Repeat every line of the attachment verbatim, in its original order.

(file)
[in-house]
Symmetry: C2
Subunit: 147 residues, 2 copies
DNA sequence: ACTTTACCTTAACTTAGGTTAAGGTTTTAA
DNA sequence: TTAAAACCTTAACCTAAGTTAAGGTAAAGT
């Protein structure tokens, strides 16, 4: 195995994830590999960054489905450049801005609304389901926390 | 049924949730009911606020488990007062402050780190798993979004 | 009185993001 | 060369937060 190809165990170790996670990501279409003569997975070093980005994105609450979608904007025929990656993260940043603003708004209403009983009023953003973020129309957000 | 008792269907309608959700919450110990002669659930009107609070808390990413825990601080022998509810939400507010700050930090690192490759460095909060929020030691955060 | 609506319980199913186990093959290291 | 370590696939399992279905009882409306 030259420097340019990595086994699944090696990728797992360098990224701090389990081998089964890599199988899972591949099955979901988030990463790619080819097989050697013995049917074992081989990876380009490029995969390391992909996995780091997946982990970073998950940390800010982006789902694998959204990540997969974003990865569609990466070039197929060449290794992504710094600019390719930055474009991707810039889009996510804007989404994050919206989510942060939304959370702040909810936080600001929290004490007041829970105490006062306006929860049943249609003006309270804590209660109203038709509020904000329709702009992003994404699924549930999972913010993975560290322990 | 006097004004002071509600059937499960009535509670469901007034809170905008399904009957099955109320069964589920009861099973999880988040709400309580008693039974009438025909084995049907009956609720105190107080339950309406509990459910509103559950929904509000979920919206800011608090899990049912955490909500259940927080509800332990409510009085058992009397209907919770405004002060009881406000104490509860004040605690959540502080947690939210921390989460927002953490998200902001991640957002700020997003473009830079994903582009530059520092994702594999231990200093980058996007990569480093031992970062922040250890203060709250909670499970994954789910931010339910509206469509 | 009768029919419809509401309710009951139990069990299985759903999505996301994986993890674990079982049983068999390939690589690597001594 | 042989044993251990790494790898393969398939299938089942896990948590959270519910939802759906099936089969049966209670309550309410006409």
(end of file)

[in-house]
Symmetry: C2
Subunit: 147 residues, 2 copies
DNA sequence: ACTTTACCTTAACTTAGGTTAAGGTTTTAA
DNA sequence: TTAAAACCTTAACCTAAGTTAAGGTAAAGT
């Protein structure tokens, strides 16, 4: 195995994830590999960054489905450049801005609304389901926390 | 049924949730009911606020488990007062402050780190798993979004 | 009185993001 | 060369937060 190809165990170790996670990501279409003569997975070093980005994105609450979608904007025929990656993260940043603003708004209403009983009023953003973020129309957000 | 008792269907309608959700919450110990002669659930009107609070808390990413825990601080022998509810939400507010700050930090690192490759460095909060929020030691955060 | 609506319980199913186990093959290291 | 370590696939399992279905009882409306 030259420097340019990595086994699944090696990728797992360098990224701090389990081998089964890599199988899972591949099955979901988030990463790619080819097989050697013995049917074992081989990876380009490029995969390391992909996995780091997946982990970073998950940390800010982006789902694998959204990540997969974003990865569609990466070039197929060449290794992504710094600019390719930055474009991707810039889009996510804007989404994050919206989510942060939304959370702040909810936080600001929290004490007041829970105490006062306006929860049943249609003006309270804590209660109203038709509020904000329709702009992003994404699924549930999972913010993975560290322990 | 006097004004002071509600059937499960009535509670469901007034809170905008399904009957099955109320069964589920009861099973999880988040709400309580008693039974009438025909084995049907009956609720105190107080339950309406509990459910509103559950929904509000979920919206800011608090899990049912955490909500259940927080509800332990409510009085058992009397209907919770405004002060009881406000104490509860004040605690959540502080947690939210921390989460927002953490998200902001991640957002700020997003473009830079994903582009530059520092994702594999231990200093980058996007990569480093031992970062922040250890203060709250909670499970994954789910931010339910509206469509 | 009768029919419809509401309710009951139990069990299985759903999505996301994986993890674990079982049983068999390939690589690597001594 | 042989044993251990790494790898393969398939299938089942896990948590959270519910939802759906099936089969049966209670309550309410006409």